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Peace Orders – Protecting Yourself from Abuse Outside the Home

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If you have been a victim of abuse, you should seek protection from your abuser. There are two types of protective orders in Maryland. Protective orders are traditionally thought of as an order to protect you when your abuser is a family or household member. Peace orders protect people who do not qualify for a domestic violence protective order; and, as such, this type of order is not as commonly known as a protective order. The difference between a peace order and a protective order is the relationship between the parties. The specific nature of the relationship between the parties is not a factor when seeking a peace order. A protective order attorney can help victims of abuse, threats or assault obtain legal protection from further harm.

What Type of Order Am I Eligible For?

Whether you are eligible for a peace order or protective order depends on your relationship to the alleged abuser.

Who Can File for a Protective Order? 

Protective orders are civil orders issued by a judge that protect a victim of domestic abuse from harm by someone with whom he or she has a specific relationship. You are eligible for a protective order if you and the alleged abuser:

  • Are current or former spouses;
  • Have lived together in an intimate relationship for at least 90 days during the past year;
  • Are related by blood, marriage, or adoption;
  • Are in a parent-child, or stepparent-stepchild relationship and have resided together for at least 90 days during the past year
  • Are in a caretaker-vulnerable adult relationship;
  • Are the parents of a child together; and/or
  • Have had a sexual relationship within one year before filing the petition.

If you do not fall into one these relationship, you must file for a peace order.

What is a Peace Order?

If the victim’s relationship to the abuser falls under the category for a domestic violence protection order, the victim is not eligible for a peace order. Examples of relationships that qualify for a peace order are:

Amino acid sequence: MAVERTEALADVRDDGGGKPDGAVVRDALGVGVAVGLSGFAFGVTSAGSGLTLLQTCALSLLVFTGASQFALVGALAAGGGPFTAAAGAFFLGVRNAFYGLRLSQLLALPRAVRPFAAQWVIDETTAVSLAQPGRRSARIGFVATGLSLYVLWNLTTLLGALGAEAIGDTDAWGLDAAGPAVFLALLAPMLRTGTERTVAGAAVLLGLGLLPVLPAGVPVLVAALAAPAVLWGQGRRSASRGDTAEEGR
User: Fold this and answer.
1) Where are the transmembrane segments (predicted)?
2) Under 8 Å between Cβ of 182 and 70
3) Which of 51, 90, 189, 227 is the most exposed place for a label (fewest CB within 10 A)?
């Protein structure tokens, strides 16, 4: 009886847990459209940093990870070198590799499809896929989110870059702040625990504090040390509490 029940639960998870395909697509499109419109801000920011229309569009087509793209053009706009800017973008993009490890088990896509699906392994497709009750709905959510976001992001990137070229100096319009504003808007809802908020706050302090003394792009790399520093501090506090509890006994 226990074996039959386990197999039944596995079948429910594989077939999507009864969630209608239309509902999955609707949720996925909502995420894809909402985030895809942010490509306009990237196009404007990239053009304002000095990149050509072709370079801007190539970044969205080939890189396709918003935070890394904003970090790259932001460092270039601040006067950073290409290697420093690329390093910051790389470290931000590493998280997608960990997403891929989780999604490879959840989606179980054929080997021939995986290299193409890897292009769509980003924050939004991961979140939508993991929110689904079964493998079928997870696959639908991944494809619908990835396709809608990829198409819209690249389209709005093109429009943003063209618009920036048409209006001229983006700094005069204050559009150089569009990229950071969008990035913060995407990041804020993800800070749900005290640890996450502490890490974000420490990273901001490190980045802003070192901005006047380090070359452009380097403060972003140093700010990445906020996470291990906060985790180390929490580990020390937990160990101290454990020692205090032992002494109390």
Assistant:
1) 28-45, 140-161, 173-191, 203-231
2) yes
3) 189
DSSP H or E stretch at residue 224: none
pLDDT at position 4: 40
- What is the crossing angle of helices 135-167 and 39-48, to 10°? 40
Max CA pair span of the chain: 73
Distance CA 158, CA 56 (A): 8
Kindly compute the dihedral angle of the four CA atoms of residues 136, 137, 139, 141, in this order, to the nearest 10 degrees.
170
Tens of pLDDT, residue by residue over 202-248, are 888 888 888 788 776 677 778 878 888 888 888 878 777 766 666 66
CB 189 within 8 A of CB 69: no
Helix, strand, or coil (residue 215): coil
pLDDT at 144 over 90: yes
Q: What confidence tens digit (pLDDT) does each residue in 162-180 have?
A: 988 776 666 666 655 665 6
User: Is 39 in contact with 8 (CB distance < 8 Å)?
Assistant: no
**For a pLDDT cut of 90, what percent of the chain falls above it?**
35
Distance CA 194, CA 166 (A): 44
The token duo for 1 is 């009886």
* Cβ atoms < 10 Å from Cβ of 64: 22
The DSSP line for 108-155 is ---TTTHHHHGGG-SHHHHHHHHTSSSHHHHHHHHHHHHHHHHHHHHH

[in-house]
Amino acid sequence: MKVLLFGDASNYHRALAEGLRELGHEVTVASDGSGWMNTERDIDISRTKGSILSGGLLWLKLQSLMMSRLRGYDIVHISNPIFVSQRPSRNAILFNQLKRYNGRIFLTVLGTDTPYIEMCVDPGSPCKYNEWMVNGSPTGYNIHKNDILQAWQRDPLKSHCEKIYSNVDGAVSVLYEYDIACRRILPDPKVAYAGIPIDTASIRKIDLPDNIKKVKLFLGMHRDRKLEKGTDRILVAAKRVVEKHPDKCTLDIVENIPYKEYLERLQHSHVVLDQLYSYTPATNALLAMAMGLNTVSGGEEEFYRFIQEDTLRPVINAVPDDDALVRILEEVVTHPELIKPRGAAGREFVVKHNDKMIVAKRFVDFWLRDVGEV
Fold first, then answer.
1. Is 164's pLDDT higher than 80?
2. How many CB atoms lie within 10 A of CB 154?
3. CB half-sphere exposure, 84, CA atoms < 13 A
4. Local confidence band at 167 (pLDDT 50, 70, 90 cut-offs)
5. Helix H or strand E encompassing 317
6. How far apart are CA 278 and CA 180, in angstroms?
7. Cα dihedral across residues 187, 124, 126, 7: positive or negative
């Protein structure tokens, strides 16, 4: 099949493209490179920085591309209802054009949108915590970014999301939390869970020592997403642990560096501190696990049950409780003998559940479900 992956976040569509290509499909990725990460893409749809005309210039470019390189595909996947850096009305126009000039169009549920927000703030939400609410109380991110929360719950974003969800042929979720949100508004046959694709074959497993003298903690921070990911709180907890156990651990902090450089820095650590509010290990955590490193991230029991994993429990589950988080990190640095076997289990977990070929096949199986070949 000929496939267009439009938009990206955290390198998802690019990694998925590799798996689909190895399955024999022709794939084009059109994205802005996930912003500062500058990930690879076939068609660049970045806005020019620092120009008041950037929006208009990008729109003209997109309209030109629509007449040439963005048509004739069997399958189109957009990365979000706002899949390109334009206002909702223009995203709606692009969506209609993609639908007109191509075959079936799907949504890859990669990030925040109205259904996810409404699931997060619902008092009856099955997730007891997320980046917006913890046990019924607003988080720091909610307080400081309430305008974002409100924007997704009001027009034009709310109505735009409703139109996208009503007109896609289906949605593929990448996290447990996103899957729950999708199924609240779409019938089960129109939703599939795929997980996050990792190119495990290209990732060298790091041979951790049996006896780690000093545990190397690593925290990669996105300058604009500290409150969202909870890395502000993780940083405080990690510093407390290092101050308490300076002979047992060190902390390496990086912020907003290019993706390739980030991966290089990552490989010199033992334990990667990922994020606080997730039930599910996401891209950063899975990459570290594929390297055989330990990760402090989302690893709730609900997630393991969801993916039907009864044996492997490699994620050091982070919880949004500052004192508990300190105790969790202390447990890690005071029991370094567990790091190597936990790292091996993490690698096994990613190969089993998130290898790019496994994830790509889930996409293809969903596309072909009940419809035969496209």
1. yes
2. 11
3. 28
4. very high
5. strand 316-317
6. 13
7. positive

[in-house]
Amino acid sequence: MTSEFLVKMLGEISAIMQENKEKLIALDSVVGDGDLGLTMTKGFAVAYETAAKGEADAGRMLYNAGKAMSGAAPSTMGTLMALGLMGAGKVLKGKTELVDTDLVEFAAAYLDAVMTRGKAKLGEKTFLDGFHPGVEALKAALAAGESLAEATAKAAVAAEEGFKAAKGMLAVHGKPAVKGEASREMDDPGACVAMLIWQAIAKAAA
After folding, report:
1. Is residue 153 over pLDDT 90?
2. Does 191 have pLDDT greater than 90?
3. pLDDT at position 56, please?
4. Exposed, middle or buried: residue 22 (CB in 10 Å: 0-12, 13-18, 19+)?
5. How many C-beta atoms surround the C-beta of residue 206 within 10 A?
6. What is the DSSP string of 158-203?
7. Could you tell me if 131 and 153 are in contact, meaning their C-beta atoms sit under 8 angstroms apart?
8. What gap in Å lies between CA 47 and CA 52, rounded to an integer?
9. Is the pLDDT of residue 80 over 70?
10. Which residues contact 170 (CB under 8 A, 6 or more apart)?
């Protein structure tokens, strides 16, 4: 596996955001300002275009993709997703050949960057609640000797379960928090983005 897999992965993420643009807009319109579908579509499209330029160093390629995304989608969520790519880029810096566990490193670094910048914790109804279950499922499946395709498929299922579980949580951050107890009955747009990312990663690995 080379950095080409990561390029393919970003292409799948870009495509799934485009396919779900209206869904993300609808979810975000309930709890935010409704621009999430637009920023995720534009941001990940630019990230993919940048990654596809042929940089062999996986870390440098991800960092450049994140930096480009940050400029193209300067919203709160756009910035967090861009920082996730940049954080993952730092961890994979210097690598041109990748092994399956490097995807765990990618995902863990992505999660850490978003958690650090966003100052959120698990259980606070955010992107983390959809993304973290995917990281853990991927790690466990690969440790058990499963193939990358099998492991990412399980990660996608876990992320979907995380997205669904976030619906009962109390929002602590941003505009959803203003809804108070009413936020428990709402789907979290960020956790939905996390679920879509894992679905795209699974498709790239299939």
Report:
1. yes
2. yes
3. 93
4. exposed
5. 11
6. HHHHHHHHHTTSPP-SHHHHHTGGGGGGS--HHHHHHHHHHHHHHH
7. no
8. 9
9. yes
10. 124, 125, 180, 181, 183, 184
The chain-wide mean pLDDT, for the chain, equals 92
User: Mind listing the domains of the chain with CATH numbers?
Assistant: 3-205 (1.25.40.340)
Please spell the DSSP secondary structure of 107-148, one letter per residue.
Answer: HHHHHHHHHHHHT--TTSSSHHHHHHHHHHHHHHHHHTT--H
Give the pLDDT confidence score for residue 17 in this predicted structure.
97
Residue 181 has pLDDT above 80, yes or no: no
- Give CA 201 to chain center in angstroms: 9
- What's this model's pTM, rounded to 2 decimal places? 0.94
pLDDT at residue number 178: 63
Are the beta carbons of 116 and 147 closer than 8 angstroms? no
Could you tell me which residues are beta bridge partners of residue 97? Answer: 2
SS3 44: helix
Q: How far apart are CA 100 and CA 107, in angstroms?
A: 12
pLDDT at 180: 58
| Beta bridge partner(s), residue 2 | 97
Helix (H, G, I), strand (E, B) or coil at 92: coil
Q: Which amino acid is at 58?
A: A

• A boyfriend or girlfriend with whom you do not live and you do not have a child in common with;
  • A neighbor;
  • A co-worker;
  • An acquaintance; and
  • A stranger.

What Acts of Abuse Qualify for a Peace Order?

You can file a peace order if one more of the following acts has happened within 30 days before you file the order:

  • An act that causes serious bodily harm;
  • An act that places you in fear of immediate serious bodily harm;
  • Assault in any degree;
  • Attempted or actual rape or sexual offense;
  • False imprisonment;
  • Harassment;
  • Stalking;
  • Trespass;
  • Malicious destruction of property; and
  • Revenge porn.

Types of Peace Orders

If you file for a peace order you can ask the judge for certain types of help. There are three types of peace orders that can be ordered: an interim peace order, a temporary peace order or a final peace order.

In an interim or temporary peace order, a judge a can order that the abuser:

  • Stop abusing you;
  • Stay away from you; and/or
  • N contact you or harass you at your home, school, job or place where you are residing.

In a final peace order, a judge can order any of the above, and can also:

  • Order counseling;
  • Order meditation; and
  • Order the abuser to pay filing fees and court costs.

Your Safety is Our Priority

If you are the victim of abuse, the Law Offices of Todd K. Mohink can assist you to obtain a temporary or interim protective or peace order, and represent you at the final order hearing. Do not risk the safety of yourself or your family, hire a Glen Burnie or Columbia family law attorney to protect your safety. A peace order is important because it affords you the ability to seek protection from someone outside of your household. We are available 24/7, 365 days a year to handle any urgent family law situations. Begin with a free case evaluation today before any family matters escalate further.

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